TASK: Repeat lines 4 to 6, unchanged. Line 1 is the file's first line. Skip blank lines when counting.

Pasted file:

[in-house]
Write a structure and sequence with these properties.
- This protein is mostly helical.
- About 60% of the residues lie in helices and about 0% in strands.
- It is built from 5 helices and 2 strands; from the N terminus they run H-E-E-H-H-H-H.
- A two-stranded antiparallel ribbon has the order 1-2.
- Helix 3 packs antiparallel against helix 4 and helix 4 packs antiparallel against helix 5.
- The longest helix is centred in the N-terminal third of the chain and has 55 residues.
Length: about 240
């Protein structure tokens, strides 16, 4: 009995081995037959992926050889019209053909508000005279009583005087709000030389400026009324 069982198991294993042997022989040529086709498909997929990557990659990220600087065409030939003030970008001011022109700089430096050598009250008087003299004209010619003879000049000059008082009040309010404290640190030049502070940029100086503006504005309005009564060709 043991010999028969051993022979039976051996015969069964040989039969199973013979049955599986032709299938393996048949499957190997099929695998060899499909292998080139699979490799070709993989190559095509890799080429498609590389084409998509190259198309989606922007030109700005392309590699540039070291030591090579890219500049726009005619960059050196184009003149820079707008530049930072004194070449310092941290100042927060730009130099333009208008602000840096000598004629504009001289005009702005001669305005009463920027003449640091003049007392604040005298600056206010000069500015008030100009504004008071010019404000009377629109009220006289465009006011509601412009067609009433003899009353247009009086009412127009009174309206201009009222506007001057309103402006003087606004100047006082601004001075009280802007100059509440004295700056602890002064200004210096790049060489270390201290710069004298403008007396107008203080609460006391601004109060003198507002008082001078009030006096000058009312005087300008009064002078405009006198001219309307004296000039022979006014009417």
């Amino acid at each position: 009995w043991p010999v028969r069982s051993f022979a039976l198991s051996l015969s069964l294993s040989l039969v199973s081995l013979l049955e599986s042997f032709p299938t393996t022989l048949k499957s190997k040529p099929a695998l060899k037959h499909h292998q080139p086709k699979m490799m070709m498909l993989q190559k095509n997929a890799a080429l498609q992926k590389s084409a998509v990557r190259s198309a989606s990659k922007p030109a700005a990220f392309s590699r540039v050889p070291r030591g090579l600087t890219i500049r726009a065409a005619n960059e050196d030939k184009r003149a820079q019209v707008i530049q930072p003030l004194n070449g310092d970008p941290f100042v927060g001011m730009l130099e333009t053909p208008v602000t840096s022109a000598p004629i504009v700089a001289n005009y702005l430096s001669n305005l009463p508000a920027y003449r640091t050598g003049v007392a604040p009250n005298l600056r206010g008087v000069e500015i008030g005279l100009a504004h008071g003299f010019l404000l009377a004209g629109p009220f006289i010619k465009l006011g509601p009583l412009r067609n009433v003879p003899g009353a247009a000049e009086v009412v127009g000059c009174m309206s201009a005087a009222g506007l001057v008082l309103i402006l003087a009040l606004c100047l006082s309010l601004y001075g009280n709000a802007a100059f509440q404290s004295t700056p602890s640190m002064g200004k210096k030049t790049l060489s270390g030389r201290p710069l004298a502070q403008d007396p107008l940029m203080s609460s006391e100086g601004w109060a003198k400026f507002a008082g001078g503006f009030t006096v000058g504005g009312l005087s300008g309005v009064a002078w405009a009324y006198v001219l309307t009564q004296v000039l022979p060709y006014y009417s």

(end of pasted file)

- About 60% of the residues lie in helices and about 0% in strands.
- It is built from 5 helices and 2 strands; from the N terminus they run H-E-E-H-H-H-H.
- A two-stranded antiparallel ribbon has the order 1-2.